On our month-long trip to Europe last year, we made stops in a lot of different countries with a lot of different tipping customs. We started in England, went to Ireland, then German, Switzerland, Italy, Scotland, and then back to England again. The United States custom of 15% for good service and 20% for great service just simply doesn’t apply abroad, as many places don’t have the antiquated wait-staff pay system we have here.
We want to fairly compensate the staff but we also don’t want to double pay! So, in the hopes that we don’t make the same mistakes, I’ve done some research and here is what I found.
The general rule seems to be that many places will add on a service charge. In the absence of a service charge, you should tip 10% unless it’s a country that frowns on tipping (like Japan). If there is a service charge, that will cover tipping and you should not tip beyond it. Some places, like Germany and France, have a custom of leaving the change. Before you go on any trip, be sure to check the tipping customs of the places you visit just in case!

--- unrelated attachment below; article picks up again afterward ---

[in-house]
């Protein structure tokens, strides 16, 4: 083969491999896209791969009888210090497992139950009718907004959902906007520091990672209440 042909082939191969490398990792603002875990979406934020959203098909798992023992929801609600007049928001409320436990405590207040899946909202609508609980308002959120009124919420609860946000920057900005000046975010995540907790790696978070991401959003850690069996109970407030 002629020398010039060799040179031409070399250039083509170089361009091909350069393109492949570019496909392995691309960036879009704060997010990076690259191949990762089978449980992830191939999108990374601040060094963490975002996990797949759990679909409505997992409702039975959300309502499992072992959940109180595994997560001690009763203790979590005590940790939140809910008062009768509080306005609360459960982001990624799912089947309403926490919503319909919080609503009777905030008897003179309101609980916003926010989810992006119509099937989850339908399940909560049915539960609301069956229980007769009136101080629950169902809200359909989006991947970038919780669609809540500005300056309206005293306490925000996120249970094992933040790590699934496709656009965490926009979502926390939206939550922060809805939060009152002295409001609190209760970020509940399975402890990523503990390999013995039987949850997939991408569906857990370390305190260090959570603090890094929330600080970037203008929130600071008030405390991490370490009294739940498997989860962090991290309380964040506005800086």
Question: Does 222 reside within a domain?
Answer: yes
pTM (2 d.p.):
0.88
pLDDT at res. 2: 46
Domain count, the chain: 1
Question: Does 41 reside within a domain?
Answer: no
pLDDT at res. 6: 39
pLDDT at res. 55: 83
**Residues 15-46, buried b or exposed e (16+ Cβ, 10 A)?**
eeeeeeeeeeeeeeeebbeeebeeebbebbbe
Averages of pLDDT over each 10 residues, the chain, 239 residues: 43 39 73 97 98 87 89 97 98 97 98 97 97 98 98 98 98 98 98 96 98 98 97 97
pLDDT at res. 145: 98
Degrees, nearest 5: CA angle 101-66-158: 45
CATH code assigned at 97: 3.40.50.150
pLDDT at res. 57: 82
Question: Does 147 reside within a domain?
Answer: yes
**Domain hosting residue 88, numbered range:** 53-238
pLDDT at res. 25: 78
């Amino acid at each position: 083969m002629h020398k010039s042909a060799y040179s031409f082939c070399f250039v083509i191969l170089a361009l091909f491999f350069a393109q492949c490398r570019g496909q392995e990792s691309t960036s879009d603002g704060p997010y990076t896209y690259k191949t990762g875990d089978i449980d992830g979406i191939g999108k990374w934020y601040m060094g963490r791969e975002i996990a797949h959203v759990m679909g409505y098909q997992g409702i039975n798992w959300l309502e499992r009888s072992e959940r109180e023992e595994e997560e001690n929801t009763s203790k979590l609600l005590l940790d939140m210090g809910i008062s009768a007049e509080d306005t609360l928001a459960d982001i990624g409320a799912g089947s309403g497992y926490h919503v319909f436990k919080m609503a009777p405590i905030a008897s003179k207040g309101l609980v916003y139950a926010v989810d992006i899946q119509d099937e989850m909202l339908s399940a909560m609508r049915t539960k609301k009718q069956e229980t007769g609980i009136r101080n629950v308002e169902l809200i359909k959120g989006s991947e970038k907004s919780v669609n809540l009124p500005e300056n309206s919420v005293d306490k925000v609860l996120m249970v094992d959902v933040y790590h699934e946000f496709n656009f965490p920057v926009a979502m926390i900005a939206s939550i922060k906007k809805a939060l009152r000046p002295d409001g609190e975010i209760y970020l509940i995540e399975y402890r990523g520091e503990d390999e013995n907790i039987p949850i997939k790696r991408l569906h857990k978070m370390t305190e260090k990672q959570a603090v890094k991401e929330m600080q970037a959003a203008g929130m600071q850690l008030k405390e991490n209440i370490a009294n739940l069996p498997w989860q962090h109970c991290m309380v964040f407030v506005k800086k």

In general, a tip is already included in the menu prices and you can confirm this by looking for notes like “service included,” perhaps in the native language. If you don’t see “service included” and you are confident one isn’t, something in the neighborhood of 10% is more than generous. It’s also customary, in places like France and Germany, for you to leave your change as a tip as well.
In the UK and Ireland, tipping resembles tipping in the United States, with the bar set a little lower. 10% for good service, 15% for great service, with tipping in pubs optional. Also keep on the lookout for “service included,” as you’d expect in Europe, and tipping is not necessary when they include a service charge.
Tipping in Asia is all over the place, with 3% in China and zero in Japan (it’s considered insulting). In general, look to see if a service charge was included in your bill. If not, then 10% is a good amount. Don’t tip in Japan, Thailand, and Vietnam.